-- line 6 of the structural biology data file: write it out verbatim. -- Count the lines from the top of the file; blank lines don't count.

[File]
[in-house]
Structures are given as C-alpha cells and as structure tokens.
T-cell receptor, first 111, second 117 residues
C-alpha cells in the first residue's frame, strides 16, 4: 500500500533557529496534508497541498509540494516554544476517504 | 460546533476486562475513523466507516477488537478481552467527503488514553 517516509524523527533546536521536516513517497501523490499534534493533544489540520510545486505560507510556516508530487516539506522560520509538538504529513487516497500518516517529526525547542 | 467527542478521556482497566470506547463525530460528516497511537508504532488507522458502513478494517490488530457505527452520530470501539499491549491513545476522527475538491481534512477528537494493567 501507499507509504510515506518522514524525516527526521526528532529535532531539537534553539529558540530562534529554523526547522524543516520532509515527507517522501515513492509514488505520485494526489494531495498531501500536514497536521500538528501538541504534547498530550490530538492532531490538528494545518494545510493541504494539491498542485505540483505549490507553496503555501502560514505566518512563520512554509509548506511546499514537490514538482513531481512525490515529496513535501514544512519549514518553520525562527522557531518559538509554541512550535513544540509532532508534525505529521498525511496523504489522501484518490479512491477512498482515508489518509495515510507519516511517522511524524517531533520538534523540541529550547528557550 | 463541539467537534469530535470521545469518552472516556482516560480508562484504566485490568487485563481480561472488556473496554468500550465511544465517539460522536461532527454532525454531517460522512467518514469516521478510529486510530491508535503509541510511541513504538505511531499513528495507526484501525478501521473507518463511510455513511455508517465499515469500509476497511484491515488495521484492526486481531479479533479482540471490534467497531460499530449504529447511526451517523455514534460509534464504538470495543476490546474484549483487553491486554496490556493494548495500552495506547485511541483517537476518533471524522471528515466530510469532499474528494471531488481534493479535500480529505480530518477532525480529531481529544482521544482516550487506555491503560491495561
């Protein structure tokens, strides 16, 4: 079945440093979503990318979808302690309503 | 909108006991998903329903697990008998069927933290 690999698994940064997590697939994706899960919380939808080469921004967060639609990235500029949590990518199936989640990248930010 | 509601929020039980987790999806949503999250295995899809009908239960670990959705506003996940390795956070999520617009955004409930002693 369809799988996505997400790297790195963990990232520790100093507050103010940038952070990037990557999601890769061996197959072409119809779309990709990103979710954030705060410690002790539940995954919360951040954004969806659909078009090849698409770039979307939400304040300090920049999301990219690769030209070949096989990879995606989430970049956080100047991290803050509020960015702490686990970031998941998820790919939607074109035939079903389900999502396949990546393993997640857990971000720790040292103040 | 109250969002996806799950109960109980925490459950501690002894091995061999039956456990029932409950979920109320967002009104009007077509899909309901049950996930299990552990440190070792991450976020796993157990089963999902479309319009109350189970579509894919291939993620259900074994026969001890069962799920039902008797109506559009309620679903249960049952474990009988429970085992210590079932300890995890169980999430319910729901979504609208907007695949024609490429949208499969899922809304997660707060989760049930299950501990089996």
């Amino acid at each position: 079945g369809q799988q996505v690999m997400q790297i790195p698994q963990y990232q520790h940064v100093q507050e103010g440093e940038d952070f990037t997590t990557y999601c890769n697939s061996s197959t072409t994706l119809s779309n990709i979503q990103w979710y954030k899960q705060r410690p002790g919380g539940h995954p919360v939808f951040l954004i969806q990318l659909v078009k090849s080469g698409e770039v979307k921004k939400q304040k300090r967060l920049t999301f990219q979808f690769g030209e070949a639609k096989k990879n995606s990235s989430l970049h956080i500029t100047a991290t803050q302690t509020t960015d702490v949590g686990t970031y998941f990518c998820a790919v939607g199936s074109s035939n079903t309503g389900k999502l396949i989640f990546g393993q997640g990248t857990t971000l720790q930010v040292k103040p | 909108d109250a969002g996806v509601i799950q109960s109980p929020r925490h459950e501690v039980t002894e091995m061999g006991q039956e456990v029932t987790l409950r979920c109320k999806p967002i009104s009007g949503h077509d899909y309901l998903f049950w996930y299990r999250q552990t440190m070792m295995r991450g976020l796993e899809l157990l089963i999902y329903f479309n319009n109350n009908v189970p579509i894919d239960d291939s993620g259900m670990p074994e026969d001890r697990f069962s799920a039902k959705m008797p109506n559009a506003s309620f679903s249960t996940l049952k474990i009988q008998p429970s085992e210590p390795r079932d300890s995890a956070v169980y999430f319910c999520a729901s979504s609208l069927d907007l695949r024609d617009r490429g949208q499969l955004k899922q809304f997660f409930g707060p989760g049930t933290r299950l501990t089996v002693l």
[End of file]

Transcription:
């Amino acid at each position: 079945g369809q799988q996505v690999m997400q790297i790195p698994q963990y990232q520790h940064v100093q507050e103010g440093e940038d952070f990037t997590t990557y999601c890769n697939s061996s197959t072409t994706l119809s779309n990709i979503q990103w979710y954030k899960q705060r410690p002790g919380g539940h995954p919360v939808f951040l954004i969806q990318l659909v078009k090849s080469g698409e770039v979307k921004k939400q304040k300090r967060l920049t999301f990219q979808f690769g030209e070949a639609k096989k990879n995606s990235s989430l970049h956080i500029t100047a991290t803050q302690t509020t960015d702490v949590g686990t970031y998941f990518c998820a790919v939607g199936s074109s035939n079903t309503g389900k999502l396949i989640f990546g393993q997640g990248t857990t971000l720790q930010v040292k103040p | 909108d109250a969002g996806v509601i799950q109960s109980p929020r925490h459950e501690v039980t002894e091995m061999g006991q039956e456990v029932t987790l409950r979920c109320k999806p967002i009104s009007g949503h077509d899909y309901l998903f049950w996930y299990r999250q552990t440190m070792m295995r991450g976020l796993e899809l157990l089963i999902y329903f479309n319009n109350n009908v189970p579509i894919d239960d291939s993620g259900m670990p074994e026969d001890r697990f069962s799920a039902k959705m008797p109506n559009a506003s309620f679903s249960t996940l049952k474990i009988q008998p429970s085992e210590p390795r079932d300890s995890a956070v169980y999430f319910c999520a729901s979504s609208l069927d907007l695949r024609d617009r490429g949208q499969l955004k899922q809304f997660f409930g707060p989760g049930t933290r299950l501990t089996v002693l």